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Wildwood founder recalls his early search for a job

It can be a tough task for current students to land a job after completing their studies at university, with dozens of job applications, CVs to prepare and cover letters to write. But imagine applying for 500 jobs, attending hundred of interviews, and applying for countless PhD programmes – only to be turned down every time. That was the story for Wildwood’s chief executive and founder Peter Smith, who found himself facing the dole queue after completing a master’s degree at the University of Kent in 1994. He had studied at the Durrell Institute of Conservation and Ecology (DICE) department at the university in Canterbury, prompting him to write an article about his experiences looking for work. When he returned to give a lecture to current students last month he was presented with the article, which detailed the challenges ecology and conservation students face. Mr Smith said:

“It was in the middle of the last recession and the country was still coming out of it. There weren’t many jobs around, and I was looking to get into the conservation world. I was also applying for various PhD schemes. In the end I was writing and sending CVs to every conservation organisation in the country. Half of them were purely speculative. I had my own little computer filing system so I could send off CVs left, right and centre.”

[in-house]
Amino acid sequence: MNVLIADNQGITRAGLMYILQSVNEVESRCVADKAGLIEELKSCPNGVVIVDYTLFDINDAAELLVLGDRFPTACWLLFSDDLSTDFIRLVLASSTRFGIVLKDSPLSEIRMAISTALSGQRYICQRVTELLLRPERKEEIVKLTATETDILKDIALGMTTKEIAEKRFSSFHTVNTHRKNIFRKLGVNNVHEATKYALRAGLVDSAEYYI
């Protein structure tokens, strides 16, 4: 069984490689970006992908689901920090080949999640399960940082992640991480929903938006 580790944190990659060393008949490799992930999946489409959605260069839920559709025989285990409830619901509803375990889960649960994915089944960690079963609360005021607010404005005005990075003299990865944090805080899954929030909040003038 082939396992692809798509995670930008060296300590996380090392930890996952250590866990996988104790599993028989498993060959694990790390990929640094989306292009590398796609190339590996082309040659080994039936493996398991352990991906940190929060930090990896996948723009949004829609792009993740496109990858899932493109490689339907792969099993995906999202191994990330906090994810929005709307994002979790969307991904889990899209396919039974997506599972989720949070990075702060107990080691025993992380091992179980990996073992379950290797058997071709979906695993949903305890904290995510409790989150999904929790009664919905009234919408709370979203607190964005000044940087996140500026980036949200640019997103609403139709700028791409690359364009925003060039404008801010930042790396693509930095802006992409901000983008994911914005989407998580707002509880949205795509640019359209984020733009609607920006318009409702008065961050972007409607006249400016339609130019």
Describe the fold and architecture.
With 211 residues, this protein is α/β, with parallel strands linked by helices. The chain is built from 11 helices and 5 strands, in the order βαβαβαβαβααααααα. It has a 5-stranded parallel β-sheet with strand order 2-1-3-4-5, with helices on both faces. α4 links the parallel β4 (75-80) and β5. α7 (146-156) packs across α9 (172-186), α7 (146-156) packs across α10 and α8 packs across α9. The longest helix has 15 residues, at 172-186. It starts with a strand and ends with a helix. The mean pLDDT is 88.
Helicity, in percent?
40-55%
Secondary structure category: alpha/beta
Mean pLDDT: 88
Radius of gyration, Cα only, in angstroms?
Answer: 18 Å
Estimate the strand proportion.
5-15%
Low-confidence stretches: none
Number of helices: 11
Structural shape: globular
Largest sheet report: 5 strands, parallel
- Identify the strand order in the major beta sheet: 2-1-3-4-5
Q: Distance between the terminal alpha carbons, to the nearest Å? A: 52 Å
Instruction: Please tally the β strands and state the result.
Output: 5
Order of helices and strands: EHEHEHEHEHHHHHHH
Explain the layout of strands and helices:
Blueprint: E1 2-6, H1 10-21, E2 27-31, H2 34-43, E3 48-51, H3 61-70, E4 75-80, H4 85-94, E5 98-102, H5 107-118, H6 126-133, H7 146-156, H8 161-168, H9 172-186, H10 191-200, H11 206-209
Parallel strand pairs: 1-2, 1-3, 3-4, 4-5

It included 214 speculative applications, 357 job applications, and 67 PhD applications. He gained interviews for five jobs, and eight PhD schemes. But gallingly they all proved unsuccessful. So he adopted a change of tack, and looked for volunteer schemes to get his foot in the door. He began volunteering in his native county of Durham for the Northumberland Centre of Ecology. Then he was offered the chance to write a report for the Scottish Wildlife Trust, and grabbed the opportunity with both hands. He said:

“In the end I basically had to make my own job.! raised the cash for my own salary through a campaign. I did well and was offered a full-time post.”

Gradually Mr Smith has learned more campaigning skills, public relations knowledge and fundraising. He set up the Wildwood park in 2002, working to conserve native British species at the site off Canterbury Road in Herne Common. The park takes on a number of students every year to learn about working in the industry while getting their living expenses paid. He added:

“We have students working with us, and one of our ex-apprentices has now moved on to be living and working with hyenas in Africa. For me, getting in to the game was difficult. It is a totally different industry now. Back then there were virtually no jobs and conservation was lower down the priorities. But now it’s tough because government funding cuts are starting to bite, so it’s definitely not easy for current students.”

For more details on Wildwood visit www.wildwoodtrust.org
To see Mr Smith’s lecture to current students visit www.renegadeecologist.blogspot.co.uk

Herne Bay Gazette, April 9th 2015

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